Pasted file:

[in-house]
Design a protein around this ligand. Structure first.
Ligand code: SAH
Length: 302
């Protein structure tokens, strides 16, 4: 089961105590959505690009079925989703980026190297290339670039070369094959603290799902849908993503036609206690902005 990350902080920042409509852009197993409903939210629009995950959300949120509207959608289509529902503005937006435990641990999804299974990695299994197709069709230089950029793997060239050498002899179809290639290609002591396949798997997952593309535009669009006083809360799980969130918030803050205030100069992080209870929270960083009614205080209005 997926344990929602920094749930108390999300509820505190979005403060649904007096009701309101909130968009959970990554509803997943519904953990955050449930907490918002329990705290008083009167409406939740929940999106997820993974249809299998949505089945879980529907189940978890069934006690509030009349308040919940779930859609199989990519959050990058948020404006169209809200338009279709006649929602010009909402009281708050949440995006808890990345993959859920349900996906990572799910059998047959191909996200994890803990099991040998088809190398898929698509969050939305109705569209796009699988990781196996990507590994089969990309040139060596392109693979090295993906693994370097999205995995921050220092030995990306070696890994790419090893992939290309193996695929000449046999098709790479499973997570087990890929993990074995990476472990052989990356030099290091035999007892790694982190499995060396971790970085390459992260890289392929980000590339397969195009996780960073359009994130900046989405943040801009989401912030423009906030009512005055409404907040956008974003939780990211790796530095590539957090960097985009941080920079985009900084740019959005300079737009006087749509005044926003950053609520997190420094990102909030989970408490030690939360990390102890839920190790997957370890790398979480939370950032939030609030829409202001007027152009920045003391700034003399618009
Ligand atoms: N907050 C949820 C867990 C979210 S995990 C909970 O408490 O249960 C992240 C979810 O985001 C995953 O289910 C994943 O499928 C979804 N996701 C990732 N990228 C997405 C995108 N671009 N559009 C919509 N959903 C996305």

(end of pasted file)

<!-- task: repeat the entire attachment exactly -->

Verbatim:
[in-house]
Design a protein around this ligand. Structure first.
Ligand code: SAH
Length: 302
């Protein structure tokens, strides 16, 4: 089961105590959505690009079925989703980026190297290339670039070369094959603290799902849908993503036609206690902005 990350902080920042409509852009197993409903939210629009995950959300949120509207959608289509529902503005937006435990641990999804299974990695299994197709069709230089950029793997060239050498002899179809290639290609002591396949798997997952593309535009669009006083809360799980969130918030803050205030100069992080209870929270960083009614205080209005 997926344990929602920094749930108390999300509820505190979005403060649904007096009701309101909130968009959970990554509803997943519904953990955050449930907490918002329990705290008083009167409406939740929940999106997820993974249809299998949505089945879980529907189940978890069934006690509030009349308040919940779930859609199989990519959050990058948020404006169209809200338009279709006649929602010009909402009281708050949440995006808890990345993959859920349900996906990572799910059998047959191909996200994890803990099991040998088809190398898929698509969050939305109705569209796009699988990781196996990507590994089969990309040139060596392109693979090295993906693994370097999205995995921050220092030995990306070696890994790419090893992939290309193996695929000449046999098709790479499973997570087990890929993990074995990476472990052989990356030099290091035999007892790694982190499995060396971790970085390459992260890289392929980000590339397969195009996780960073359009994130900046989405943040801009989401912030423009906030009512005055409404907040956008974003939780990211790796530095590539957090960097985009941080920079985009900084740019959005300079737009006087749509005044926003950053609520997190420094990102909030989970408490030690939360990390102890839920190790997957370890790398979480939370950032939030609030829409202001007027152009920045003391700034003399618009
Ligand atoms: N907050 C949820 C867990 C979210 S995990 C909970 O408490 O249960 C992240 C979810 O985001 C995953 O289910 C994943 O499928 C979804 N996701 C990732 N990228 C997405 C995108 N671009 N559009 C919509 N959903 C996305």